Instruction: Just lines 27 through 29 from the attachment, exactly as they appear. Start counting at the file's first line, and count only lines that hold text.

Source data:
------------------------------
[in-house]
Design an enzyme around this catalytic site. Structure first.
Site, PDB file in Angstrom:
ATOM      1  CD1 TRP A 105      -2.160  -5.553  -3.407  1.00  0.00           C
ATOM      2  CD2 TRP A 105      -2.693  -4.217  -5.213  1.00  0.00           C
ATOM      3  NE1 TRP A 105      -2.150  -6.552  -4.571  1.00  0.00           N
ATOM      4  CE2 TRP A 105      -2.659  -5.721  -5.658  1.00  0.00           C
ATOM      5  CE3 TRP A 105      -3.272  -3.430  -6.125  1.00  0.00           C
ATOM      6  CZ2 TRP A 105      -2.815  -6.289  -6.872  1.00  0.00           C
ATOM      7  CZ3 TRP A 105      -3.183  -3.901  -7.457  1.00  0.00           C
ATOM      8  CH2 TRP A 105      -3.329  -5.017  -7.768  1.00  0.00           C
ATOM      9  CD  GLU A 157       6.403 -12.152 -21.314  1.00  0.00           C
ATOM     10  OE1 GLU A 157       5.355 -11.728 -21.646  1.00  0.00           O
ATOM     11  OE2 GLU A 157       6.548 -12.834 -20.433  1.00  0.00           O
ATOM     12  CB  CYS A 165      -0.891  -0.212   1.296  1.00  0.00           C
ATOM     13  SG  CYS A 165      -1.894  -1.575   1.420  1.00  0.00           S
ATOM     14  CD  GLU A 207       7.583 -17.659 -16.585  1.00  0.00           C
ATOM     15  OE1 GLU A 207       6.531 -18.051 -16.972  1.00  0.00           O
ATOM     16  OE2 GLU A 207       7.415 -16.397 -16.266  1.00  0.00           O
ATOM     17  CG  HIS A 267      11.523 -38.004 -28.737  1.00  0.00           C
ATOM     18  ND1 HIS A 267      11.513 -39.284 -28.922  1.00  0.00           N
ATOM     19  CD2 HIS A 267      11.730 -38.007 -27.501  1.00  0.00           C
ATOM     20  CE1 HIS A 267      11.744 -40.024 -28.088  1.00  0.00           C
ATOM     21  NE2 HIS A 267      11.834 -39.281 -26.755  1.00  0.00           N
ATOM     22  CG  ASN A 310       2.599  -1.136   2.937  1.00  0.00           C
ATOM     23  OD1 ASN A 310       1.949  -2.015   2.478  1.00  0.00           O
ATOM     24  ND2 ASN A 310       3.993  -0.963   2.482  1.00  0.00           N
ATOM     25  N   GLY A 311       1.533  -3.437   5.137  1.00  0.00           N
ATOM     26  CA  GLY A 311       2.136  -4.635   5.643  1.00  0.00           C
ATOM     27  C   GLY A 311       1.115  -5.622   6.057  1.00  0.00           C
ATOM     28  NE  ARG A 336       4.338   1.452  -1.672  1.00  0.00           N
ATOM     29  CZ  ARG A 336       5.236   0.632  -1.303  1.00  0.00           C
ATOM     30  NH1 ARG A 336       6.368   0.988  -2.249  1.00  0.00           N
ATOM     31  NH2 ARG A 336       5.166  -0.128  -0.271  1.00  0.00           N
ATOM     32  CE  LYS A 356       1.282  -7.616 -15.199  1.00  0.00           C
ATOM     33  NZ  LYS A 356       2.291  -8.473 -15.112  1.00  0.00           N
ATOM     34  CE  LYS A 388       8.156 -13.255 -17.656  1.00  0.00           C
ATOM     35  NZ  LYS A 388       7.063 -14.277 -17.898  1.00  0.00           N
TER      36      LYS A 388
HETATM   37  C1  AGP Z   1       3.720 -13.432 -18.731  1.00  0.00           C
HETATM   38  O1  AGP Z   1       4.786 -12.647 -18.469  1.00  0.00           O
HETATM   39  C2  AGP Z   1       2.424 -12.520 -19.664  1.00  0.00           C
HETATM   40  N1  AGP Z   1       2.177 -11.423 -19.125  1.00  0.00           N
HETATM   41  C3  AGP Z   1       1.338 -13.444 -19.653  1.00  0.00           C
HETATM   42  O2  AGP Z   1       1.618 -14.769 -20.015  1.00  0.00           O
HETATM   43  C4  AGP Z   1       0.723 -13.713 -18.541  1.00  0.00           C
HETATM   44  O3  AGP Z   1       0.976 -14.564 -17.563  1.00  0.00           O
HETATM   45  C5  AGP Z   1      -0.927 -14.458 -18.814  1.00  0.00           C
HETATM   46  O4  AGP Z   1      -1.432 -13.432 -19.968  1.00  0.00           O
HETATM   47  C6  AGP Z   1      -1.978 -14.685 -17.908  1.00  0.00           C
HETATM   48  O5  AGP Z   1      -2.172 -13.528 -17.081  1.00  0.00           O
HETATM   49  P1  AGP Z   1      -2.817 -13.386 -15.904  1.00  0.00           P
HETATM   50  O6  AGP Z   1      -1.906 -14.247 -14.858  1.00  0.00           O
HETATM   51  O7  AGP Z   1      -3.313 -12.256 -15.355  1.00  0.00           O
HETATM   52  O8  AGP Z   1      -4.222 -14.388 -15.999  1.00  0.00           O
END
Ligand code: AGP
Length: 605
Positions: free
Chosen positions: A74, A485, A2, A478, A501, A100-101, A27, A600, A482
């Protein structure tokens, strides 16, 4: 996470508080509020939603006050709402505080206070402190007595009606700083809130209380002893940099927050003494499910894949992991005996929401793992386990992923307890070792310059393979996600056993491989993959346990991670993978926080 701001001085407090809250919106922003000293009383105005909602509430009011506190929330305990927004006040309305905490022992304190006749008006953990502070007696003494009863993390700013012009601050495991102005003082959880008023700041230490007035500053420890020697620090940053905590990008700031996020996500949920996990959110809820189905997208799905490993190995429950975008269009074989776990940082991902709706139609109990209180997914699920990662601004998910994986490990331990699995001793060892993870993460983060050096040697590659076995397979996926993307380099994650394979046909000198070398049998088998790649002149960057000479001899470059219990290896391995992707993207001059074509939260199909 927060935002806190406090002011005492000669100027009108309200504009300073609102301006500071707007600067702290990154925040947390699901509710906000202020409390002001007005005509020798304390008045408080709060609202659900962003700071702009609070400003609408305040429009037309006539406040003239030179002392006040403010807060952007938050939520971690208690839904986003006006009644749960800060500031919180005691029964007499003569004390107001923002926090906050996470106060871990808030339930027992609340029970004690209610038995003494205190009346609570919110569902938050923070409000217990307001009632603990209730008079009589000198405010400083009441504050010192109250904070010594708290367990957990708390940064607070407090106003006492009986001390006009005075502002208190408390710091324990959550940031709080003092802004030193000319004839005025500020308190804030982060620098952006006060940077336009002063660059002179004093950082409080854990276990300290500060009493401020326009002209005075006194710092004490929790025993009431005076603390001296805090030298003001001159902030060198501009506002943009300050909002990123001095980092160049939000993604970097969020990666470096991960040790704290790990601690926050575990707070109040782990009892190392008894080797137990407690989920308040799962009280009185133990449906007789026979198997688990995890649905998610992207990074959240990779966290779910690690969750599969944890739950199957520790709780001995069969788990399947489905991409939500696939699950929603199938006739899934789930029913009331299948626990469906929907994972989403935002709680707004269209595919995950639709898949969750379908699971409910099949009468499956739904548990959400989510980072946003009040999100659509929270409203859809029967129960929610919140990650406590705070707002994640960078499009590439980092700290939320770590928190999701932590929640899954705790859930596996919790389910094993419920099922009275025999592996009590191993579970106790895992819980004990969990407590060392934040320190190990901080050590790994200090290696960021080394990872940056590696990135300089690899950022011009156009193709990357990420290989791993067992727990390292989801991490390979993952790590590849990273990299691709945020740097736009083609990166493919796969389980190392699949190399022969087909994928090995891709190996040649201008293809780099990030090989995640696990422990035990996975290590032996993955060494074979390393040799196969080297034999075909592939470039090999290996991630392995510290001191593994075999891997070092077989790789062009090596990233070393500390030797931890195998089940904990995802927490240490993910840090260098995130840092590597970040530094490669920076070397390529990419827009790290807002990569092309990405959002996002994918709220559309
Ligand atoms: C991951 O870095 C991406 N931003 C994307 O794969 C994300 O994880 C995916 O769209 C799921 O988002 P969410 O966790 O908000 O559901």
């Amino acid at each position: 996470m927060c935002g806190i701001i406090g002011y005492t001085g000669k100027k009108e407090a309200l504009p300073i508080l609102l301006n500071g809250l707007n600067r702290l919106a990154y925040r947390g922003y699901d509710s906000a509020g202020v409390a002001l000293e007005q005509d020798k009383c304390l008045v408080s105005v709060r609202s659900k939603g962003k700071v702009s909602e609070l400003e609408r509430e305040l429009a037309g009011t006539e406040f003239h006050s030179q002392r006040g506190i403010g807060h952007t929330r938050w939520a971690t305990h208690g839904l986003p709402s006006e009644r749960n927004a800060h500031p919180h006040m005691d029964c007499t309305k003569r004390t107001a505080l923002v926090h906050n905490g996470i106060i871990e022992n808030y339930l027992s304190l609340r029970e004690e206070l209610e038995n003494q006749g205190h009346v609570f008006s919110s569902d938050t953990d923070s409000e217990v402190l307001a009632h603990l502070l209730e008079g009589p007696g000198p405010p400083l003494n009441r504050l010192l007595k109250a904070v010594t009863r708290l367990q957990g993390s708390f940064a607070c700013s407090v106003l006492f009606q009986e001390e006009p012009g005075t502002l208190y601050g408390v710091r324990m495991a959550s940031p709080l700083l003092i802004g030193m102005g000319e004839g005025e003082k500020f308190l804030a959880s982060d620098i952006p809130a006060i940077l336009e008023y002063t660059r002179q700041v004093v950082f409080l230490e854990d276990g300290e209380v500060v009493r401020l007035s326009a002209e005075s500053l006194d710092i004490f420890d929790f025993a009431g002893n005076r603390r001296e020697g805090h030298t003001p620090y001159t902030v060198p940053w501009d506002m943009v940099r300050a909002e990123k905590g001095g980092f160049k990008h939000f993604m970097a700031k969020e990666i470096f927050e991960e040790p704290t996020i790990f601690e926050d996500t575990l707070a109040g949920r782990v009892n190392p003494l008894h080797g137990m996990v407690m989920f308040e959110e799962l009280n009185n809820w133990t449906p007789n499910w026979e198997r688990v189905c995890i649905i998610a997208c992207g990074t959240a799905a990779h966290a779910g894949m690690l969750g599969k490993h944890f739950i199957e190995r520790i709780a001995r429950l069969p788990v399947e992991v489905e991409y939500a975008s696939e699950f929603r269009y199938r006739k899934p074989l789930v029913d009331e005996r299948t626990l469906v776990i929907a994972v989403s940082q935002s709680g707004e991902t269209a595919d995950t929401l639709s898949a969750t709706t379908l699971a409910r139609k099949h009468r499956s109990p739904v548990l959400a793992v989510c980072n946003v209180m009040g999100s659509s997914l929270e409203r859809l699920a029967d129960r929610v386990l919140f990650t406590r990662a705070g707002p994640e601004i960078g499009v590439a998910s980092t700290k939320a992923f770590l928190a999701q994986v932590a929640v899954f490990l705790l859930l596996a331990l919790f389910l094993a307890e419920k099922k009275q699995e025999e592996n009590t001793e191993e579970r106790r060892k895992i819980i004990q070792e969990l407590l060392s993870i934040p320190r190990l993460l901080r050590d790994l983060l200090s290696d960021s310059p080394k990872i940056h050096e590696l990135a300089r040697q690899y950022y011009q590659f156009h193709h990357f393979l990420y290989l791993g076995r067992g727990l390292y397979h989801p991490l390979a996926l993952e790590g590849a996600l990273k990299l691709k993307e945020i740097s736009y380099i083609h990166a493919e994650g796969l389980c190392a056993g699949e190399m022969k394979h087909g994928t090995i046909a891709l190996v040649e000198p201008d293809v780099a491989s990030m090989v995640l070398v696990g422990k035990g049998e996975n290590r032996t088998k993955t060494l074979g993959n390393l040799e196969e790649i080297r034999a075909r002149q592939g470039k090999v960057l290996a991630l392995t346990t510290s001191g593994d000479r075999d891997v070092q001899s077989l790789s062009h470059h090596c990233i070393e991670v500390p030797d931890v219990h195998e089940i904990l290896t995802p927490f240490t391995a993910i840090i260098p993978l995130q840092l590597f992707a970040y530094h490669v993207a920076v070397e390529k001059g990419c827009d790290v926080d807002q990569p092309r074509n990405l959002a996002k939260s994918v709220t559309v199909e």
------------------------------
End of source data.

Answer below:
ATOM     24  ND2 ASN A 310       3.993  -0.963   2.482  1.00  0.00           N
ATOM     25  N   GLY A 311       1.533  -3.437   5.137  1.00  0.00           N
ATOM     26  CA  GLY A 311       2.136  -4.635   5.643  1.00  0.00           C